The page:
Miracle finds this a cold book. To me, it’s a lonely book, but not a cold one. Hall seems to care about her characters: Peter and Susan reflect on their misdeeds in ways that suggest a strong ethical sense without passing judgment on them. She even offers Susan a complicated chance at redemption on the book’s final page. I don’t think a cold book would set Susan in motion, grieving for her dead brother, behaving badly, trying to find her way back toward life and feeling, and give her such a measured bit of hope at the end.
I was really struck by Peggy, Jenny & Traver’s critiques because they were so funny and, in being full of wit and energy, I found them hard to disagree with. When Traver writes that he was put off by “fancy prose clouds of florid fucking” and the “genteel exoticism” of the Italian sections, I see what he means. And Peggy’s incredulous, impatient “ “Italian villa plus cleaning woman, anyone?  Eat Pray Paint?” made me laugh out loud. Still, and in spite of the fact that I’m not much for erotic novels, I really loved the sex scenes and the way Hall had Susan use them to grope her way back to feeling. I really loved the description of her lover grabbing her bottom and splitting it like he was sectioning a fruit. Typically embarrassed by such comparisons, I found this one sexy and funny: a great way to revive the cliché about apple and peach bottoms.
I share Jenny’s distaste for writing bad reviews, so I had all the more admiration for the way she eased herself into the distaste. And, again, I guess I can see the stereotyping in the Giorgio chapters, but I didn’t mind it. Nor did I mind the fact that some of what he wrote didn’t really seem like the way a painter would talk about his work. Again, perhaps that comes from being a Woolf scholar, having spent decades thinking about Lily Briscoe and Woolf’s ventriloquizing of a painter: whatever Lily may say that’s odd, Woolf’s sister found it spot on. And she was a painter.
The Giorgio chapters, though, were vivid to me (though not my favorite narrative) because I recognized early on that they must be based on Giorgio Morandi, something the title page note confirms. Though I get to the Met much less often than I would like, my daughter, 6, and I spent a day there last January. We stumbled upon the Morandi show. She had her sketch pad with her and was determined to draw, so I spent a long half hour in the small show. The paintings, grey and tan still lives of bottles, grew on me, as did the sense of this artist as a great painter and a cold, quiet man. Wandering through the galleries while my little girl sketched Morandi’s paintings of bottles was a deeply moving experience for me and Hall got the benefit of some of those very powerful and wonderful feelings as I read her book.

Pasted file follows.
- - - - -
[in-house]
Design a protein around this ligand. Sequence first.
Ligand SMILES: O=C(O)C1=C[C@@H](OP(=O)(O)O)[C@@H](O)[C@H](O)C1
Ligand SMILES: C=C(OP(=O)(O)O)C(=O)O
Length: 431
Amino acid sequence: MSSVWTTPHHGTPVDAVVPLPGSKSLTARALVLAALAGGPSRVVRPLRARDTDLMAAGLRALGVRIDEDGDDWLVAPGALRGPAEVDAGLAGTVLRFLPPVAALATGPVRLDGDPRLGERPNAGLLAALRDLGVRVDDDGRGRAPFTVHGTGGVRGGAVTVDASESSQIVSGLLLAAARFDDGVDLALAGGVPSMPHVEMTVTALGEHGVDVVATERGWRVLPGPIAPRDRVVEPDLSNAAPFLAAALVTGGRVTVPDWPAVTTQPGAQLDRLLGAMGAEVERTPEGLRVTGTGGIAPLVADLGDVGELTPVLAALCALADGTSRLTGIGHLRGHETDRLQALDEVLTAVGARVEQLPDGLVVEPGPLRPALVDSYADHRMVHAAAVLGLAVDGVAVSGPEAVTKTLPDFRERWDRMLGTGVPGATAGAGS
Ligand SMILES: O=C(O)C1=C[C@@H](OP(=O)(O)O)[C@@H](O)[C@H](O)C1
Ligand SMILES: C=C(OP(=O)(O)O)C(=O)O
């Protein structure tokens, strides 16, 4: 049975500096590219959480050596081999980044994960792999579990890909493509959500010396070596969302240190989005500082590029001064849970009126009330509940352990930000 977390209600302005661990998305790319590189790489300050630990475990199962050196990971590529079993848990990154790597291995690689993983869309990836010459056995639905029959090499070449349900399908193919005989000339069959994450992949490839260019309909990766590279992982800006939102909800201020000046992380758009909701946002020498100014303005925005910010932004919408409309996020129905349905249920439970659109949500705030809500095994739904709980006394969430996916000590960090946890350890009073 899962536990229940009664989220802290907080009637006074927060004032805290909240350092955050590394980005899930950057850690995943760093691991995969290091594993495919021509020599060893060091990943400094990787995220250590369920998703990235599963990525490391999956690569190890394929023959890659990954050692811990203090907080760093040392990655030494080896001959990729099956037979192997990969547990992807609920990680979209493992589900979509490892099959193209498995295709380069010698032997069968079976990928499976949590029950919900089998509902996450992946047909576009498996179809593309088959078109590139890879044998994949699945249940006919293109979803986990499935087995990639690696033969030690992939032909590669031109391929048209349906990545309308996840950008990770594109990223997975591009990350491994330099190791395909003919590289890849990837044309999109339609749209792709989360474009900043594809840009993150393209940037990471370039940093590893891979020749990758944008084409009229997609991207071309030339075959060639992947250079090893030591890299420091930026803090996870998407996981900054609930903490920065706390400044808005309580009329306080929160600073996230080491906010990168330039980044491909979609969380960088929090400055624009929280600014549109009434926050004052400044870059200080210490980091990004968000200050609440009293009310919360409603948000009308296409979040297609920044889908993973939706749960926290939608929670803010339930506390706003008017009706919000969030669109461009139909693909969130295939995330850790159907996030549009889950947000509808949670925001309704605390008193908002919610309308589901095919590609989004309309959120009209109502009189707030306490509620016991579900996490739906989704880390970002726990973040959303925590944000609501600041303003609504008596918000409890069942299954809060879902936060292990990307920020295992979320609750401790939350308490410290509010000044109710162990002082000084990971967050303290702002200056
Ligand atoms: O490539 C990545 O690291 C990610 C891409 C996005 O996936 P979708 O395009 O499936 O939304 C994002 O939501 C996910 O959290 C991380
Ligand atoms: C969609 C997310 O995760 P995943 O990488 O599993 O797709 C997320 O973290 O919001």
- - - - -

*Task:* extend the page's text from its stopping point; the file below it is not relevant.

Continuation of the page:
Though the communist teacher admires him, I never thought him a communist: the teacher is always apologetic and firmly aesthetic in the terms of her admiration, always defending him against detractors. Morandi died in 1964, at a time when communism in Europe still had cachet and credibility among the elite. I did a little checking and confirmed my suspicions: Morandi had fascist sympathies, as this Yale Press book seems to explore.
I was fascinated by the narrative of Annette: I love the idea of a girl trying to escape the confines of  a Catholic village and I think the added complication of blindness allowed Hall to really explore that difficulty with added intensity.
I loved how seriously the book took Susan’s grief. As Jenny is a fan of books about twins, I enjoy reading about grief. Maybe I think I can inoculate myself against the inevitable. In any case, her descriptions of the unsettling sense of detachment from one’s own body resonated deeply with me. As someone said, for me, too, grief happens in the gut and intense sorrow seems to swaddle me away from life and from color.
But my favorite and the funniest was Peter’s narrative. I love taking this big, funny, lout and trapping him in a rock with only his mind to race as maniacally as all of him usually races. And rich and funny that this painter of rocks is named for the rock, Peter.
I also love the subtle feminism: the way that the shadowy women behind Peter and Giorgio and Annette are given enough of a life for us to know that they suffer, that their lives stink for being interconnected with these jerky men who don’t really sufficiently notice them. Someone else said that the second-person works to ratify women readers. I felt that, throughout the book, Hall really was imagining the suffering of the characters on the margins — male and female — in ways that struck me as feminist. I don’t simply mean empathetic, though that’s a big part of it: I mean deeply conscious of gender roles as they shift over time and the pain that we all suffer (including poor Nathan) from being trapped by cultural expectations.